With few COVID-19 cases, eastern Quebec seeks balance between tourism and public health

Iouri Philippe Paillé was “sitting on a whole lot of beer” when the government announced in mid-March that certain businesses had to shut down in an attempt to stop the spread of COVID-19 across Quebec.

Le Ketch, the microbrewery he co-owns in Sainte-Flavie, a village on the St. Lawrence River just past Rimouski, had already started brewing batches to sell during the busy summer season, when it makes 80 per cent of its annual sales. 

But not knowing if or when Quebecers will be able to travel in 2020 is a huge stress on Paillé and his team.

“Losing the summer season will be extremely hard,” he said.

While the lockdown continues, Le Ketch has come up with a solution to respect the government rules that have allowed some restaurants to stay open during the crisis — offering a baked potato with every delivery of beer to their customers.

“The potato is also a symbol for us,” said Paillé. ”Lâche pas la patate.” That translates into “don’t give up.”

The uncertainty Le Ketch faces weighs heavily on small businesses in a region which relies so much on tourism, said Jonathan Laterreur, the general manager of the Rimouski-Neigette chamber of commerce.

Premier François Legault is expected to present a plan next week outlining which regions of Quebec will be allowed to reopen their schools and businesses.

But the desire to see workers go back to restaurants, stores and factories is also competing with residents’ “legitimate concerns” about what that would mean for public health, said Laterreur.

No cases in 2 weeks

The Lower Saint-Lawrence has been relatively spared from the ravages of the pandemic, so far. Just 34 people are known to have contracted the virus. One person died, and 30 have recovered — making it the region with the fewest cases per capita, outside of the northern regions of Nunavik and James Bay.

The Lower Saint-Lawrence hasn’t had a new case of COVID-19 in 13 days.

Those low numbers aren’t being taken for granted, however. Residents have gotten used to physical-distancing rules, said Laterreur, and they’re taking precautions.

“People here have shown they can serve as an example when it comes to safety,” he said. “I think we are ready to band together and continue being careful.”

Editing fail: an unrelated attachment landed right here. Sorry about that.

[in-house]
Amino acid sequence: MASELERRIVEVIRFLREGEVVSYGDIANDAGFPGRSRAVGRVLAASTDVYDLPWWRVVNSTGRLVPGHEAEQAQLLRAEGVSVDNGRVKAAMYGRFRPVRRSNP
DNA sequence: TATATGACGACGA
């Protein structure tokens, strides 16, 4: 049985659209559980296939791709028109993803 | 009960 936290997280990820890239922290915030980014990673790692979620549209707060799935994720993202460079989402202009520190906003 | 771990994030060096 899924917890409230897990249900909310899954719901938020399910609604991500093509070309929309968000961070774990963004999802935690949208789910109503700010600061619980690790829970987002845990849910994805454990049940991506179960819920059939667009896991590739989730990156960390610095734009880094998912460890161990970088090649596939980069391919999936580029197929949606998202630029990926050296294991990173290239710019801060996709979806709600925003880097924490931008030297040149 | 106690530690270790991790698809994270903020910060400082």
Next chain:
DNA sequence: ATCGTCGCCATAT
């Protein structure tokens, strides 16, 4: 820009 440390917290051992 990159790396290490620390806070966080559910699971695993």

Laterreur said even though tourism is the backbone of the Lower Saint-Lawrence, not everyone wants the government to lift travel restrictions to the region, as that would mean sharing the aisles of their local grocery store with visitors from regions with higher numbers of COVID-19 cases — with the accompanying risk.

Le Ketch decided it would offer a single baked potato on its takeout menu, so it could deliver it along with beer to customers in Sainte-Flavie. (Julia Caron/CBC)

“I can’t speak for everyone but there are fears that are totally legitimate of what reopening could mean for public health,” he said.

One of the keys to social acceptability of the easing of certain restrictions, Laterreur said, is providing clear guidelines to each sector, to ensure the economic reboot is done safely.

“We don’t want to do all this and end up having to push back the relaunch by another year.”

Preparing health sector

Rimouski Mayor Marc Parent has been “kicking around the idea of a provincial standard” to which retailers could adhere, to guarantee they meet basic requirements for hygiene and cleanliness.

He, too, hopes to see clear provincial guidelines provided for each type of industry.

“For the Legault government, the challenge of deconfinement will be a much bigger challenge than the confinement decision,” Parent said.

He doesn’t believe travel restrictions can be lifted just yet. He said simply opening up the local economy will unavoidably lead to more cases of COVID-19 in the Lower Saint-Lawrence.

“I’m not putting my head in the sand,” said Parent.

Bic, a provincial park outside Rimouski, is one of the main tourist attractions in the Lower Saint-Lawrence region. (Julia Page/CBC)

But blessed with more lead time now to prepare for a local outbreak, the regional health network can be ready, Parent said.

“We know more about the virus. We know how to treat it and to protect ourselves from it.”

Three local health centres have been reconfigured to remain “cold spots,” where non-COVID-19 patients will be able to be treated.

“We have 70 beds ready for non-COVID patients, and we will be able to have more if needed,” said Ariane Doucet-Michaud, spokesperson for the regional health agency, the CISSS du Bas-Saint-Laurent.

COVID-19 tests can now also being analyzed right in Rimouski, instead of being sent to Montreal, as was the case in the early days of the lockdown.

Still, when stores unlock their front doors, Parent said, it will ultimately be up to the local population not to fall back into their old habits, in order for the region to remain relatively free of COVID-19.

“There will always be a responsibility on citizens to limit the propagation.”

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